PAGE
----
By - Jim Vess

Global power M&A hits $158 billion in 2018, making it second busiest year in the last five

Energize Weekly, July 17, 2019

Global power mergers and acquisitions (M&A) reached $158 billion in 2018, making it the second most active in the last five years, according to GlobalData, a London-based data and analytics company.

The number of deals was down a little more than 4 percent to 622 for 2018 when compared to 2017, which was the most active year. Acquisitions accounted for 597 of the transactions. Mergers made up the 25 other deals.

“Over the coming two to three years, M&A activity in the power industry is likely to remain strong, backed by a global urge to move away from thermal power towards renewables, although the former will remain relevant,” Sneha Susan Elias, a GlobalData senior power analyst, said in a statement.

The largest announced move in the power industry in 2018 was the acquisition of Innogy by E.ON for $52.9 billion.

The solar energy sector has accounted for the most activity between 2015 and 2019, year-to-date – a total of 661 deals.

Other sectors with significant activity during the same period were transmission and distribution lines – 654 deals; wind – 461; fossil fuels – 305; and hydropower – 214.

Over the last few years, GlobalData said there has been a shift toward sustainable, clean energy activity.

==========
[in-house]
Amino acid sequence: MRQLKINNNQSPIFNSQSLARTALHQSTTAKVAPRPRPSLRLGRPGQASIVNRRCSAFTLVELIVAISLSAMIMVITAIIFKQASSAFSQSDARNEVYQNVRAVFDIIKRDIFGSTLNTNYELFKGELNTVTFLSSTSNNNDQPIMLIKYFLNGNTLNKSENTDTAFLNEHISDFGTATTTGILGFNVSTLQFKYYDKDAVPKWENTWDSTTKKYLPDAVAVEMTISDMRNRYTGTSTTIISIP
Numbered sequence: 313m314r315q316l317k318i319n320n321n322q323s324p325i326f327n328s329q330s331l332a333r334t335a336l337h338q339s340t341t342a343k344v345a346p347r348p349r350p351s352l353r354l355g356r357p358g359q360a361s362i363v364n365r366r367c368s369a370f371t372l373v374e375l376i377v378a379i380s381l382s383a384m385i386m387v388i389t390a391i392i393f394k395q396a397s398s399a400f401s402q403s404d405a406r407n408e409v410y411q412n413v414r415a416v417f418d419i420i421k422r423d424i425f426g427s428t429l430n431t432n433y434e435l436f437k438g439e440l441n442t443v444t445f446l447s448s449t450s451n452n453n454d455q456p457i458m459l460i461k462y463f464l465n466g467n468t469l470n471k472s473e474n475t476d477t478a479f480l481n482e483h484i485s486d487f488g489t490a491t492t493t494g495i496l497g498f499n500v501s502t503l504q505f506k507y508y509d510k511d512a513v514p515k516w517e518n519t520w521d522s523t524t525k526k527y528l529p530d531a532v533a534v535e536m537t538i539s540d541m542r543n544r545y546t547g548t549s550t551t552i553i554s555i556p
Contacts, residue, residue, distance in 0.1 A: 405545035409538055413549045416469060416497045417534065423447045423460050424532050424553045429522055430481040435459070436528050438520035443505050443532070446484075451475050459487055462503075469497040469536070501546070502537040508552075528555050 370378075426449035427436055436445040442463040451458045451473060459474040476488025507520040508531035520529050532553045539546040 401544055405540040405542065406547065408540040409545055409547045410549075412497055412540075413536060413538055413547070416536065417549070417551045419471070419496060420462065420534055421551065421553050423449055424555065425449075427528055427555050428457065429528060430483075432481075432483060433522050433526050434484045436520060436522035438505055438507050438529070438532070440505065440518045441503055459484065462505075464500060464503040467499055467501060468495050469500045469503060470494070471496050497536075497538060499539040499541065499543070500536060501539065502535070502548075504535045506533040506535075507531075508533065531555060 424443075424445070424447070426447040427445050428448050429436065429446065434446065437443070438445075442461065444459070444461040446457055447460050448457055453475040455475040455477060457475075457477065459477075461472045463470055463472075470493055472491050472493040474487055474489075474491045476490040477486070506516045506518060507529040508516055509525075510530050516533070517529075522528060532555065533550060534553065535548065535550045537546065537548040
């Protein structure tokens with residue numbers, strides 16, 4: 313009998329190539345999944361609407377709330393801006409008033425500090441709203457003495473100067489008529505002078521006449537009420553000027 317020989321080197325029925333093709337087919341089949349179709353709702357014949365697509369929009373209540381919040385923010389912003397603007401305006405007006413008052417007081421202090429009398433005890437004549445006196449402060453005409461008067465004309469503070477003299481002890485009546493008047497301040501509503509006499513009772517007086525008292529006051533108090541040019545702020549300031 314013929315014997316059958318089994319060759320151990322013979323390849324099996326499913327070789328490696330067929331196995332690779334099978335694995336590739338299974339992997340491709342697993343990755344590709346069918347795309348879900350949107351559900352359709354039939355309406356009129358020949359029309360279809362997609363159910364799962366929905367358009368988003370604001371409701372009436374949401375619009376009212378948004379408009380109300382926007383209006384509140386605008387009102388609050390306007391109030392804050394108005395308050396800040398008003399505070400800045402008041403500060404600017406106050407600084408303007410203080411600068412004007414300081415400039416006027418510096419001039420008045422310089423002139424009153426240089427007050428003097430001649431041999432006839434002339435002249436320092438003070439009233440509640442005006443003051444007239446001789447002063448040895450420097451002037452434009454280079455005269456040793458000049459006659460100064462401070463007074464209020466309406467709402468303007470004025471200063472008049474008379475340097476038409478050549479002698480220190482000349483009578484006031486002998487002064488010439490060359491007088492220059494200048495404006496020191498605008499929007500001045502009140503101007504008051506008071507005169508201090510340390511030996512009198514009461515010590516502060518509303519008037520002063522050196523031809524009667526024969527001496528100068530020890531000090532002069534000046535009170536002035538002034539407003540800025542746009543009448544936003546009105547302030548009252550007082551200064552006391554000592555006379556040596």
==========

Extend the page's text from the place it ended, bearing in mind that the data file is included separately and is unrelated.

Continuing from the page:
“Power utility companies in mature markets are now witnessing a wave of consolidations, looking to create scale due to the shift towards renewable energy sources, which is pushing them to alter their business models,” GlobalData said.

Consolidation through acquisition is being driven by the inability of some companies to grow organically and also an acknowledgement that companies need to cooperate and collaborate in this transition.

“Power and utility companies are focusing on crucial climate goals and measures in the form of clean energy growth and enhanced natural gas-fired generation to deal with the intermittency issues, safety and security of energy supply, phase-out of coal-fired power plants and nuclear decommissioning,” Elias said. “M&A deals involving renewable energy are expected to rise in the future due to power and utility companies’ transition towards sustainable clean energy.”

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